By John Upton
What’s better: a unique Web site or a Web site that earns money? Yes, they’re mutually exclusive. Our virtual selves are fickle gluttons for immediate gratification. In the seconds it takes a surfer to meander through a complicated site, he will more likely quit and ask Google for an alternative than continue to navigate.
Wrestling a homebuyer to a site, keeping him there, and then turning the visit into commission means making the Web site easy to find, easy to use and easy for a consumer to take the next step.
GETTING HOMEBUYERS TO YOUR SITE
An agent should include the Web site’s domain name in his marketing and advertising material. This includes email addresses. It’s common for consumers to check out a Web site from the portion of an email address following the “@.” Hotmail addresses, for example, waste a chance to plug a site.
But hardcopy promotion isn’t enough. Successful agents build up their search engine rankings. A Web site has a high search engine ranking if it’s returned first when a homebuyer searches for, say, “Andersonville real estate.” Oneupweb, a company that offers search engine placement services, found that traffic increased six-fold when companies moved from the second to first pages of search engine results.
Search engine rankings don’t come by accident, according to Realtor Randy Eagar, president of Computer Camp, a cottage industry that has sprung from the ashes of the dot-com bust to help companies win search engine prominence. The key to search engine mastery lies in a Web site’s domain name, page titles, content and inbound links.
“The domain name is the first thing a search engine robot reads,” says Eagar. “So if your Web site URL or domain name is orlandohomesforsale.com, and somebody types in ‘Orlando homes for sale,’ the search engine will list your site among the first.” Eager warns real estate agents off using domain names that are based on their own names, since those words contribute nothing to search engine results.
Many agents are assigned subdomains by their companies or have already built traffic to an existing domain. No problem, says Eager. Webmasters can create “pointers” or “redirects” to send users between domain names, making a domain name transition easy.
Every Web site page has its own title buried in behind-the-scenes code. The title is returned in search engine results, and it shows up at the top of a browser window. Page titles are the second-most important search engine factor after the domain name, even more important than page content. Page content can be tweaked by repeating strategic keywords (dubbed “keyword optimization” by the I.T. savvy). Agents needn’t bother with key words like “real estate” or “agent,” because millions of pages across the Internet repeat these words. Keyword optimization should be more specific, focusing on the agent’s specializations and location, location, location.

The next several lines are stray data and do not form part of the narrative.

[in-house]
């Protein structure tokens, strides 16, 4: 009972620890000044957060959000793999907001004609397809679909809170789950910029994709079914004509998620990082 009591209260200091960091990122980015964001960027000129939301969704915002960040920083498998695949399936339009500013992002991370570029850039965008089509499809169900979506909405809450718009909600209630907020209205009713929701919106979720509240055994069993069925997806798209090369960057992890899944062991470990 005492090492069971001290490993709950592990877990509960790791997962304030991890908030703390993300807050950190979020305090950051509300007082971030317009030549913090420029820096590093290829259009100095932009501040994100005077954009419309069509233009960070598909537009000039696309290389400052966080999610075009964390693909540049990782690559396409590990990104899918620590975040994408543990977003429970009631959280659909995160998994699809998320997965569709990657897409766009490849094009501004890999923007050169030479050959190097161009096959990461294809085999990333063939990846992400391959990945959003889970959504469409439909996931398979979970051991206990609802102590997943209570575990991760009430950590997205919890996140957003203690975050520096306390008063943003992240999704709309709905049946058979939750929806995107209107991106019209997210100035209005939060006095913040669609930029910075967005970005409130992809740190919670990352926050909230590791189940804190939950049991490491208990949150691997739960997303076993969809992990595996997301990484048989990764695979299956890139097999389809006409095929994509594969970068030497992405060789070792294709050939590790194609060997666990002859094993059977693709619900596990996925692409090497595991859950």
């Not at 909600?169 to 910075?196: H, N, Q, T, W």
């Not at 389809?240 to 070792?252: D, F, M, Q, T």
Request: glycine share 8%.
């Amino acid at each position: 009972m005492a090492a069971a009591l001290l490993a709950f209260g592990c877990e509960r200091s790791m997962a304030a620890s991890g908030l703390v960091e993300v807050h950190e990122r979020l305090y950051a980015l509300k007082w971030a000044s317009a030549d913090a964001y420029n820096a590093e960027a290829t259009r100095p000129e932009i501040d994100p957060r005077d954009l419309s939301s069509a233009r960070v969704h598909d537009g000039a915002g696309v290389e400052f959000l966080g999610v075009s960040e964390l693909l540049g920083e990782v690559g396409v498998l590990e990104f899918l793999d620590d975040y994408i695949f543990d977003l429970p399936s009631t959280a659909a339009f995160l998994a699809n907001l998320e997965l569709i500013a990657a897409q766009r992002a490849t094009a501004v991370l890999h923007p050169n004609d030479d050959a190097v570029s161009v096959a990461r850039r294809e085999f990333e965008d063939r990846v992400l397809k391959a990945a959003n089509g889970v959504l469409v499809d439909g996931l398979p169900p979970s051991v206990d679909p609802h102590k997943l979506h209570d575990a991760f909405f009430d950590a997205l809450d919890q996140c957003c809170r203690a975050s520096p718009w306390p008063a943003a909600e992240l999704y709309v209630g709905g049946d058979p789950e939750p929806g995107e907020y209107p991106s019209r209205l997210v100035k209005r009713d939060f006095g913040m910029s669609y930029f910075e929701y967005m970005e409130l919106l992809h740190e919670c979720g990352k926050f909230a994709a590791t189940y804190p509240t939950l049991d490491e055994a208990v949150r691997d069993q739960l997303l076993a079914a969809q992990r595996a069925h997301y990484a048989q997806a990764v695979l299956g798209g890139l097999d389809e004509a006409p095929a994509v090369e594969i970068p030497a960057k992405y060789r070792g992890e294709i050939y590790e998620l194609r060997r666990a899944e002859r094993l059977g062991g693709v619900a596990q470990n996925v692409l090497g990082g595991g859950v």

Consider this: Google’s first result for “failure” is George Bush’s biography, even though the word doesn’t appear in the domain name, content or title. What’s going on? Bush’s detractors have Google-bombed his site with inbound links using the word “failure.” The right wing is fighting back, and Michael Moore’s site has moved to second place. The lesson for agents is to load message boards and partner Web sites with keyword-rich links back to their own sites.
KEEPING HOMEBUYERS ON YOUR SITE
It’s not enough to bring surfers to a Web site. They must stay long enough to give an agent a crack at their business. This means sticking with classical Web site design. Customers expect a navigation bar (a menu) to run down the left hand side of the page. They want to see all the menu options in one place, not scattered along the top, bottom and sides. “Contact us” should have a phone number as well as email and postal addresses. Fonts should be black and consistent. Keep in mind that lengthy or page-wide blocks of text will be skimmed, rather than read.
Eager tells his clients to search the Internet for Web templates or for successful agents’ Web sites to replicate. Customers equate sloppy Web sites with unprofessional agents, while crisp, clear, well-designed sites can lift an agent’s bottom line.